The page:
Though the United States has a robust set of laws and regulatory bodies to help protect forests, this does not mean modern forests around the world are not in danger. Most notable is the Amazon rainforest, arguably the most important and diverse forest biome in the world.

    Much like the threats facing forests a century ago, problems impacting biomes like the Amazon are driven by factors like exploitation and consumption. The Amazon continues to face the severe threat of deforestation, caused by:

    • Excessive farming, primarily for global meat production (other food production are causes too; over 20 million hectares of Amazon rainforest land is used for soybeans)
    • General expansion of populations, cutting down sections of the Amazon for construction
    • Mass burning, whereby entire sections of forest are burned to create “nutrient appropriate” soil for other means of production

    The long term use of mono-crops and other exploitative measures create long term damage which can take years to recover from. Considering the vital importance of the Amazon rainforest, loss of such a diverse biome will have catastrophic effects throughout the world. For instance, the Amazon is nicknamed the “lungs of the earth,” given how large of a carbon sink it is, and losing it would exacerbate the effects of climate change even further. This is nothing to say of the damage to unique species and their eventual endangerment. 

    With so many threats facing forests in the US and abroad, it’s daunting for conservation efforts to maintain reserves and protected environments. What can we do to help protect these important biomes?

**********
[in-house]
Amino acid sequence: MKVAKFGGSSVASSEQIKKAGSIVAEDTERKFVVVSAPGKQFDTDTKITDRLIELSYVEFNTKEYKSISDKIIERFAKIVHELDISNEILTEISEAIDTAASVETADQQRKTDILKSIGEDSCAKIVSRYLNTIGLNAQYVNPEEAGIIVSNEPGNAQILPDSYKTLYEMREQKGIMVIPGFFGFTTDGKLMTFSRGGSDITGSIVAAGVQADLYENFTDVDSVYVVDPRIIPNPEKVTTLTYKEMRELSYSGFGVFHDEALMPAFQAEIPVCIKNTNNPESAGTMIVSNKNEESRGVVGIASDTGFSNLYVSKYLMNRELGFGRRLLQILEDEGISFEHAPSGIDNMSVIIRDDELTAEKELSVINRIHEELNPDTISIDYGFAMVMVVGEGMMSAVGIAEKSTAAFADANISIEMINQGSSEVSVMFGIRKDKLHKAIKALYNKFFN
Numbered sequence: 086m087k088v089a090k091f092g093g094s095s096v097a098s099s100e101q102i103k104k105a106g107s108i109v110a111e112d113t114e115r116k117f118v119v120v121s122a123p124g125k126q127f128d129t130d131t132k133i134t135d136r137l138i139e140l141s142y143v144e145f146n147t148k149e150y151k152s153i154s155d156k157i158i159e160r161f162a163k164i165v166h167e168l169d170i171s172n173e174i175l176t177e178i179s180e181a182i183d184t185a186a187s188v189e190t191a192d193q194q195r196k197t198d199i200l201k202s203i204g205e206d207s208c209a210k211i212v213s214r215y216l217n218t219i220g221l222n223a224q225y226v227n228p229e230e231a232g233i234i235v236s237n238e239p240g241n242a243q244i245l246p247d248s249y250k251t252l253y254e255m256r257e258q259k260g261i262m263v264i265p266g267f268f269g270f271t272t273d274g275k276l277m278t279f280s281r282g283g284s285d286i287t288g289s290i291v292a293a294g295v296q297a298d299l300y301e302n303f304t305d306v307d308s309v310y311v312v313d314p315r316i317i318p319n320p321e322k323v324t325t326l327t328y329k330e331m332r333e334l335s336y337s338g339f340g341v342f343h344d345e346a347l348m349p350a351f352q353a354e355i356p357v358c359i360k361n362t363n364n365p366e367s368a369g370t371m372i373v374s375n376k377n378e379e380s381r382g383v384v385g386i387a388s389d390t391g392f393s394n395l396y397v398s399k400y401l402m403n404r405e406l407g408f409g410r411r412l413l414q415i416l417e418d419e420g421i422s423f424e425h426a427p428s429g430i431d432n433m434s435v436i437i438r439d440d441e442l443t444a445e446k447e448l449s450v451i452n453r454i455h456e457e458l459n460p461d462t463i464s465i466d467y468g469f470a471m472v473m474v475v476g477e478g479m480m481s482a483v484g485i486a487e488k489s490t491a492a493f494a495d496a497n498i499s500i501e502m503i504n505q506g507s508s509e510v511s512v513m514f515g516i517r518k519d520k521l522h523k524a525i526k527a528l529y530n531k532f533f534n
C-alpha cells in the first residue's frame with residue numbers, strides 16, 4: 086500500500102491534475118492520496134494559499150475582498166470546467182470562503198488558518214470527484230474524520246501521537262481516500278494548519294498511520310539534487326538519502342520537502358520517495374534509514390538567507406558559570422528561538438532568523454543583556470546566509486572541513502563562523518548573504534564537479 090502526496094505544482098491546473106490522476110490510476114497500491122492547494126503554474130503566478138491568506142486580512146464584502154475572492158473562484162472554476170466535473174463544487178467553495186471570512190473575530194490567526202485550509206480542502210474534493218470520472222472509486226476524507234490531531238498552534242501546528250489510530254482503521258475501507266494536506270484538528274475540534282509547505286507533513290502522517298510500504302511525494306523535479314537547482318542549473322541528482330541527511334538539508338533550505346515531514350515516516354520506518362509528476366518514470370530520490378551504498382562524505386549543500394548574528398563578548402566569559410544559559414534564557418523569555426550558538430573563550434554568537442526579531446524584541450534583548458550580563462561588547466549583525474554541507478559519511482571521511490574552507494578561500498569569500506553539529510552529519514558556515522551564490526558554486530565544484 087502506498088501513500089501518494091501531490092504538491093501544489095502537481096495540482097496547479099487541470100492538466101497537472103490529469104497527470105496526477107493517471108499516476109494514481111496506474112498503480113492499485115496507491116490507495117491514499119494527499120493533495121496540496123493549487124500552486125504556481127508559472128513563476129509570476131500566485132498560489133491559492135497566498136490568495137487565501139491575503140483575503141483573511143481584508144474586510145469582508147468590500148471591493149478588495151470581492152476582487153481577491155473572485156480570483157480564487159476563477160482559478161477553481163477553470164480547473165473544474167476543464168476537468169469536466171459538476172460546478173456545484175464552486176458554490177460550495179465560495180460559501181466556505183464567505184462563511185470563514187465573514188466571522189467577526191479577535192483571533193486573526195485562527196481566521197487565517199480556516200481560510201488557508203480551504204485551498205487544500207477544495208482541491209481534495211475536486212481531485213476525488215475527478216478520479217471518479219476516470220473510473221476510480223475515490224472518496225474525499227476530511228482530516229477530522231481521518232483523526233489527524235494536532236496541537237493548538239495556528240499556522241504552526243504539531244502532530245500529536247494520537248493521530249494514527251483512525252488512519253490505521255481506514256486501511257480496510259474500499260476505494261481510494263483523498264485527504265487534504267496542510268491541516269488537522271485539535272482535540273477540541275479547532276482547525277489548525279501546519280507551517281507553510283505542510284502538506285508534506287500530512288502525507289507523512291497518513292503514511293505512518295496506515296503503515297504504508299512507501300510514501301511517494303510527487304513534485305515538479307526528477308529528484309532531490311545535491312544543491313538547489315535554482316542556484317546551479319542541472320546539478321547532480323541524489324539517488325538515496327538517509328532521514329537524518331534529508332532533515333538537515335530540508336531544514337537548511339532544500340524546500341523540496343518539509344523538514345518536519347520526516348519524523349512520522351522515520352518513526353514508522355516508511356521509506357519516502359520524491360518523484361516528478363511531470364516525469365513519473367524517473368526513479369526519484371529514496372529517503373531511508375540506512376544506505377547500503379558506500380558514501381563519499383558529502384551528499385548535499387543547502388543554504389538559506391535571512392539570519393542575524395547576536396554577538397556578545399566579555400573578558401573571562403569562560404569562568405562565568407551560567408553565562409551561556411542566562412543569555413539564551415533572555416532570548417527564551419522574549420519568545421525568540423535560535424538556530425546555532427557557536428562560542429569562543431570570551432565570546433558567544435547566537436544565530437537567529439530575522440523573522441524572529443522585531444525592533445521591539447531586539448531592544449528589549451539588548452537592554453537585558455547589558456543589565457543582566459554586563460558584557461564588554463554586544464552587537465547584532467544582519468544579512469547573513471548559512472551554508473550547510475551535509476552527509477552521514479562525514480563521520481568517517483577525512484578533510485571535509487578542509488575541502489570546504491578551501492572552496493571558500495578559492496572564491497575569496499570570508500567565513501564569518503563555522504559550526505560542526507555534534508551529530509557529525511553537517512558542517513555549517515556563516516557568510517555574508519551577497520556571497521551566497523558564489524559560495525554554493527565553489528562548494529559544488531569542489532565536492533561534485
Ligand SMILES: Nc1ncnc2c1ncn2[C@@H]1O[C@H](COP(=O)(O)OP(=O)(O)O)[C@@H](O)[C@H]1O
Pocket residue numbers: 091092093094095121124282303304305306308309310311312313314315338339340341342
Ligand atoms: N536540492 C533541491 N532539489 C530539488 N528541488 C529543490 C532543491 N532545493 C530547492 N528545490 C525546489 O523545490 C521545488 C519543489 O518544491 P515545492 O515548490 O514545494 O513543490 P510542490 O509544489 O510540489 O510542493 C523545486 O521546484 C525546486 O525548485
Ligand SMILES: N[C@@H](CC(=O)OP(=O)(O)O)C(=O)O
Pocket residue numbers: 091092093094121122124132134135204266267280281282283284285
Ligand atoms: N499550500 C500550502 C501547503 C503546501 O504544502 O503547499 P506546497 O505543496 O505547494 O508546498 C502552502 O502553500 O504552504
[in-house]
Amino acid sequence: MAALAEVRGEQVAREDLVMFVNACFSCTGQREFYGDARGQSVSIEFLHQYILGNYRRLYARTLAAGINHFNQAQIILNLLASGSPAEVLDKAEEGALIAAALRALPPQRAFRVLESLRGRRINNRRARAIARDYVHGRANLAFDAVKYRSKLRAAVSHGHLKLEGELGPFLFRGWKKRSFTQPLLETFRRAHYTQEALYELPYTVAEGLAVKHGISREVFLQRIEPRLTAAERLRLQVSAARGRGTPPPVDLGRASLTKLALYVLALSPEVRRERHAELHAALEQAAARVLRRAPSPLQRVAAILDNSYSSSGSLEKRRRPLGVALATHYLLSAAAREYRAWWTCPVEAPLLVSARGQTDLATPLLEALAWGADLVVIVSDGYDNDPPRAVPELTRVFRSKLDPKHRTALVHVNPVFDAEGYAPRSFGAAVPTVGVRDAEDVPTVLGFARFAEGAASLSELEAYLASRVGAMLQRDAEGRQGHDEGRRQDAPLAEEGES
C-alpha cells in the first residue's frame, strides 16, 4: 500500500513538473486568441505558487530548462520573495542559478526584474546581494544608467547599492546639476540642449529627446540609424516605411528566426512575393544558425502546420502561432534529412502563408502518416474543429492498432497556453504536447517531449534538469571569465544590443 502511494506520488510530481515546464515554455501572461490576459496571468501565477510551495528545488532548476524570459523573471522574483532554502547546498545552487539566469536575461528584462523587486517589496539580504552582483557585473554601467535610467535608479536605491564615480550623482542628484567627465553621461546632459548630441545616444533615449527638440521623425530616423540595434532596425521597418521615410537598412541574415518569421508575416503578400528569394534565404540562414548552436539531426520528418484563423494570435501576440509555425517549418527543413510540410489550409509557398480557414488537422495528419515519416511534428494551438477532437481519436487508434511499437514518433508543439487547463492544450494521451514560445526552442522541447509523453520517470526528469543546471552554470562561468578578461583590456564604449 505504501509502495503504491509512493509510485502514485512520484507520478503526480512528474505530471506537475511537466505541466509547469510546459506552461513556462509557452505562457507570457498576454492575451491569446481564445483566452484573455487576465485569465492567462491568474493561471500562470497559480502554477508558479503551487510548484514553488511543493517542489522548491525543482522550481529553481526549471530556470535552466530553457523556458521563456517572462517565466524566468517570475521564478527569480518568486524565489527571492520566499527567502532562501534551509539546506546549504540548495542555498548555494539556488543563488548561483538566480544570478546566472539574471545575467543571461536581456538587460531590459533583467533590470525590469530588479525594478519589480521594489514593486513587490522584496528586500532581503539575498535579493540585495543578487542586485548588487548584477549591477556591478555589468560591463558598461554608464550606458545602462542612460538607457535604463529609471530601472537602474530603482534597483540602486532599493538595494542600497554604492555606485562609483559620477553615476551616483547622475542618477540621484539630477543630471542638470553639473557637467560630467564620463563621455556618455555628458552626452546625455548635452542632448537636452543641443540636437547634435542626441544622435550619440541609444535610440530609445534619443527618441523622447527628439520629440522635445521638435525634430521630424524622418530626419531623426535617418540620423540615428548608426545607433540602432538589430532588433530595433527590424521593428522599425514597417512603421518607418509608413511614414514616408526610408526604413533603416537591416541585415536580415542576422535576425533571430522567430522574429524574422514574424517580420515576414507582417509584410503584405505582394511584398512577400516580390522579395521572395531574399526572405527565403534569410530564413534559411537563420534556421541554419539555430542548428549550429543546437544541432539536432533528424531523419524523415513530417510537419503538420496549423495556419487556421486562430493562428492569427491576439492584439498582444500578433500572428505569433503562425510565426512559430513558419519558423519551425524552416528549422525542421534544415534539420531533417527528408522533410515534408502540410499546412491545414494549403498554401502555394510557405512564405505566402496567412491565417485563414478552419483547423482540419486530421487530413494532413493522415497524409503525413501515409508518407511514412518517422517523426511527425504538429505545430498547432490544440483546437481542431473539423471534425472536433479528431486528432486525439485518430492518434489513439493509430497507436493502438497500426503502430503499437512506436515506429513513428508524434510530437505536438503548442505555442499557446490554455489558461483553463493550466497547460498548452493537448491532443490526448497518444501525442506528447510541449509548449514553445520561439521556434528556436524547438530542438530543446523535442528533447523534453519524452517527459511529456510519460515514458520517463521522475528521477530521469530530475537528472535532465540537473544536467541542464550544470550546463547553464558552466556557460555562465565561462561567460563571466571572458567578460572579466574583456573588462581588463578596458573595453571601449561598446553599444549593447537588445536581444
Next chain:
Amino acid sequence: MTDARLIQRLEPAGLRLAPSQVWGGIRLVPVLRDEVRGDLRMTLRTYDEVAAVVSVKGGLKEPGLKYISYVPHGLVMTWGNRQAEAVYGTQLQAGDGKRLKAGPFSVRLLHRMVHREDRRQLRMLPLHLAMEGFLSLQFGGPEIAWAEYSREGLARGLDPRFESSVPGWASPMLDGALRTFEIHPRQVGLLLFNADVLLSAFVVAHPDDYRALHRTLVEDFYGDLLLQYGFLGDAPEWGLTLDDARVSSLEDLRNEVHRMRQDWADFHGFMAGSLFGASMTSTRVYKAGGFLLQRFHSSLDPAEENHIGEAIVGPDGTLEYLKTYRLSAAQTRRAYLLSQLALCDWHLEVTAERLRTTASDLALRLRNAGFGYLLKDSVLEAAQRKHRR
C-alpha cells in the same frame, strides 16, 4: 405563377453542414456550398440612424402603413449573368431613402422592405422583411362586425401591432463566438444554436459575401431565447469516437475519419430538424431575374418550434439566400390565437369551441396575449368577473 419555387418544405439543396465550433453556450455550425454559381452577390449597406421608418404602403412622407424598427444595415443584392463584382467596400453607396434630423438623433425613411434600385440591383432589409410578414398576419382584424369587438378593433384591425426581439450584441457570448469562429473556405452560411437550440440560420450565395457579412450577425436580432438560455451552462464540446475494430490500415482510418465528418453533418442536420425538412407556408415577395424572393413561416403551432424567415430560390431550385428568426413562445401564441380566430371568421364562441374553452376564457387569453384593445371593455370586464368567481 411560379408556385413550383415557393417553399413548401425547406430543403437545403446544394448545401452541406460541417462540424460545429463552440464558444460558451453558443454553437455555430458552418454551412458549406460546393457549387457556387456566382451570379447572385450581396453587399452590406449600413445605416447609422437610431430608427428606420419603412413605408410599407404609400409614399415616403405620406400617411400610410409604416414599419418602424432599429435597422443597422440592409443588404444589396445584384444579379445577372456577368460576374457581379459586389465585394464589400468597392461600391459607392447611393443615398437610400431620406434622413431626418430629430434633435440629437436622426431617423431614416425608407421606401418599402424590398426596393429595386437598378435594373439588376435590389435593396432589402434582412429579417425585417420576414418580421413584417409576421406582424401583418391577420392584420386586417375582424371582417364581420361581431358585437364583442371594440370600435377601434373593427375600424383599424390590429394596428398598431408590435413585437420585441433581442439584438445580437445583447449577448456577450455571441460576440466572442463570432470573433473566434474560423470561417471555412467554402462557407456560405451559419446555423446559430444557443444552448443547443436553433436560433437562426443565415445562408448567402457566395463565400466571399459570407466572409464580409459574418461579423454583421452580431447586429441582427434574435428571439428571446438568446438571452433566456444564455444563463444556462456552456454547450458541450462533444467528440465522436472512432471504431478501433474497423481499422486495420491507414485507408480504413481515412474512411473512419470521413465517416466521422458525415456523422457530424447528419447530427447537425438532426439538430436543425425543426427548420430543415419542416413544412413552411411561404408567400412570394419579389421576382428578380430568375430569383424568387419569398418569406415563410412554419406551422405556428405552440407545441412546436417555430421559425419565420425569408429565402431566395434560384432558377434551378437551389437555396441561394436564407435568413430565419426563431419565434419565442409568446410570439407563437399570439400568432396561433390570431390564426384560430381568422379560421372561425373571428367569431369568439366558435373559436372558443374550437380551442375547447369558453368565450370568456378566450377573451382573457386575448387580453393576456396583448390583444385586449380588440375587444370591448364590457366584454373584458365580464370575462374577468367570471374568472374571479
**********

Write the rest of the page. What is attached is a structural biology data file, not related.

What Can We Do to Protect Forests?

    Forest - history of forest conservation

    Protecting and conserving forest biomes – within and outside of the US – is a monumental task indeed. Some take initiatives to plant trees in forest depleted areas to help restore those zones over time. For example, Ecosia, an alternative search engine, plants tree seeds based on the amount of searches by an individual person. However, long term and significant changes are largely on how we address widespread consumerism and economic issues. Individual efforts and group activism help start grassroots movements for conserving forests, but without severe limits on deforestation around the world, we’ll lose the biomes entirely.

    Key Takeaways

    We’ve seen how important forest conservation is, not just for environmental importance, but for production too. Here are the key takeaways:

    • Excess and mass exploitation of resources, in the long term, is damaging to both species diversity and the nature of human production/survival. 
    • Protecting future environments and forests requires continued regulatory stances on how we consume lumber.
    • Like other resource use, finding alternatives to both production and consumption of forests is key for long term survival and environmental stability.